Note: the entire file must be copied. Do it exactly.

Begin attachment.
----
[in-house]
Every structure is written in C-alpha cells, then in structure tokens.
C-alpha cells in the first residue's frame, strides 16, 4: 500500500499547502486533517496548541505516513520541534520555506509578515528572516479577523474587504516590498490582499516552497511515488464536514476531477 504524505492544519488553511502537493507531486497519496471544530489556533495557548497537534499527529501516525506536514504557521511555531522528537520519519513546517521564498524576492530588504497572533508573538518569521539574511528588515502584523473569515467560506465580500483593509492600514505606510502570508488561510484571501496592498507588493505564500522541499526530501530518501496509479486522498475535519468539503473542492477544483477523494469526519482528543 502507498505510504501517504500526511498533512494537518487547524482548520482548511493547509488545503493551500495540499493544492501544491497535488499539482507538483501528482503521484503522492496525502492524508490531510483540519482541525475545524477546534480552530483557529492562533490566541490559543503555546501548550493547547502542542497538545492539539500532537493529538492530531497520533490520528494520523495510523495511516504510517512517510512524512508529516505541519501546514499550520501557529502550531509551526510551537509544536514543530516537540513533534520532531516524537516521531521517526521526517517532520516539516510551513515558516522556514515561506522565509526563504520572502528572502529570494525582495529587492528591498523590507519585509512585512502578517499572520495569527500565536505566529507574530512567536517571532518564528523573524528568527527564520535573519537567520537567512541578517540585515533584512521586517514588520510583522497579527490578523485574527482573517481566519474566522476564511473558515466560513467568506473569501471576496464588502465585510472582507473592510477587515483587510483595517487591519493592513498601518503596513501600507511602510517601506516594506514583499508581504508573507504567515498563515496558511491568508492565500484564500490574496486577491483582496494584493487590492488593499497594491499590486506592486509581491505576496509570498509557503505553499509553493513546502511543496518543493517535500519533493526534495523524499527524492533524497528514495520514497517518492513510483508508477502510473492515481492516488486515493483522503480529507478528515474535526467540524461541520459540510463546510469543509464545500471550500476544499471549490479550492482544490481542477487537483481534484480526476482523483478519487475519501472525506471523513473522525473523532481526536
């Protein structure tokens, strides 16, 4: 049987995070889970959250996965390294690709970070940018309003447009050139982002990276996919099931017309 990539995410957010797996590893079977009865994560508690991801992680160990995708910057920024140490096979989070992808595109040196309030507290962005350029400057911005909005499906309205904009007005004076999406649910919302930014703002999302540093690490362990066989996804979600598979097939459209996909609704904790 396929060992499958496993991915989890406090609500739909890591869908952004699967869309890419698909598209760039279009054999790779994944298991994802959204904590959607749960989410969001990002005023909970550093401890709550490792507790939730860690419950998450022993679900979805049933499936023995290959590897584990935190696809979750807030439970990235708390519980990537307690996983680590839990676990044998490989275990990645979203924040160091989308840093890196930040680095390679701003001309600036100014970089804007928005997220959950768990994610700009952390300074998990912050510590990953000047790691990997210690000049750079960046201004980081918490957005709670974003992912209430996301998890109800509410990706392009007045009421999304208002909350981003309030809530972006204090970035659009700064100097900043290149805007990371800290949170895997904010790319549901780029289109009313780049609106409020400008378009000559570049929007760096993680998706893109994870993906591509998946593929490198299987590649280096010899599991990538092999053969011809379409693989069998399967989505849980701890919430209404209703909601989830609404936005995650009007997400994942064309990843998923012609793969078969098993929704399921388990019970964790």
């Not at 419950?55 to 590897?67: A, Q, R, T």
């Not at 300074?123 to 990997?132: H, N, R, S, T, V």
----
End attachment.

[in-house]
Every structure is written in C-alpha cells, then in structure tokens.
C-alpha cells in the first residue's frame, strides 16, 4: 500500500499547502486533517496548541505516513520541534520555506509578515528572516479577523474587504516590498490582499516552497511515488464536514476531477 504524505492544519488553511502537493507531486497519496471544530489556533495557548497537534499527529501516525506536514504557521511555531522528537520519519513546517521564498524576492530588504497572533508573538518569521539574511528588515502584523473569515467560506465580500483593509492600514505606510502570508488561510484571501496592498507588493505564500522541499526530501530518501496509479486522498475535519468539503473542492477544483477523494469526519482528543 502507498505510504501517504500526511498533512494537518487547524482548520482548511493547509488545503493551500495540499493544492501544491497535488499539482507538483501528482503521484503522492496525502492524508490531510483540519482541525475545524477546534480552530483557529492562533490566541490559543503555546501548550493547547502542542497538545492539539500532537493529538492530531497520533490520528494520523495510523495511516504510517512517510512524512508529516505541519501546514499550520501557529502550531509551526510551537509544536514543530516537540513533534520532531516524537516521531521517526521526517517532520516539516510551513515558516522556514515561506522565509526563504520572502528572502529570494525582495529587492528591498523590507519585509512585512502578517499572520495569527500565536505566529507574530512567536517571532518564528523573524528568527527564520535573519537567520537567512541578517540585515533584512521586517514588520510583522497579527490578523485574527482573517481566519474566522476564511473558515466560513467568506473569501471576496464588502465585510472582507473592510477587515483587510483595517487591519493592513498601518503596513501600507511602510517601506516594506514583499508581504508573507504567515498563515496558511491568508492565500484564500490574496486577491483582496494584493487590492488593499497594491499590486506592486509581491505576496509570498509557503505553499509553493513546502511543496518543493517535500519533493526534495523524499527524492533524497528514495520514497517518492513510483508508477502510473492515481492516488486515493483522503480529507478528515474535526467540524461541520459540510463546510469543509464545500471550500476544499471549490479550492482544490481542477487537483481534484480526476482523483478519487475519501472525506471523513473522525473523532481526536
């Protein structure tokens, strides 16, 4: 049987995070889970959250996965390294690709970070940018309003447009050139982002990276996919099931017309 990539995410957010797996590893079977009865994560508690991801992680160990995708910057920024140490096979989070992808595109040196309030507290962005350029400057911005909005499906309205904009007005004076999406649910919302930014703002999302540093690490362990066989996804979600598979097939459209996909609704904790 396929060992499958496993991915989890406090609500739909890591869908952004699967869309890419698909598209760039279009054999790779994944298991994802959204904590959607749960989410969001990002005023909970550093401890709550490792507790939730860690419950998450022993679900979805049933499936023995290959590897584990935190696809979750807030439970990235708390519980990537307690996983680590839990676990044998490989275990990645979203924040160091989308840093890196930040680095390679701003001309600036100014970089804007928005997220959950768990994610700009952390300074998990912050510590990953000047790691990997210690000049750079960046201004980081918490957005709670974003992912209430996301998890109800509410990706392009007045009421999304208002909350981003309030809530972006204090970035659009700064100097900043290149805007990371800290949170895997904010790319549901780029289109009313780049609106409020400008378009000559570049929007760096993680998706893109994870993906591509998946593929490198299987590649280096010899599991990538092999053969011809379409693989069998399967989505849980701890919430209404209703909601989830609404936005995650009007997400994942064309990843998923012609793969078969098993929704399921388990019970964790």
């Not at 419950?55 to 590897?67: A, Q, R, T």
């Not at 300074?123 to 990997?132: H, N, R, S, T, V």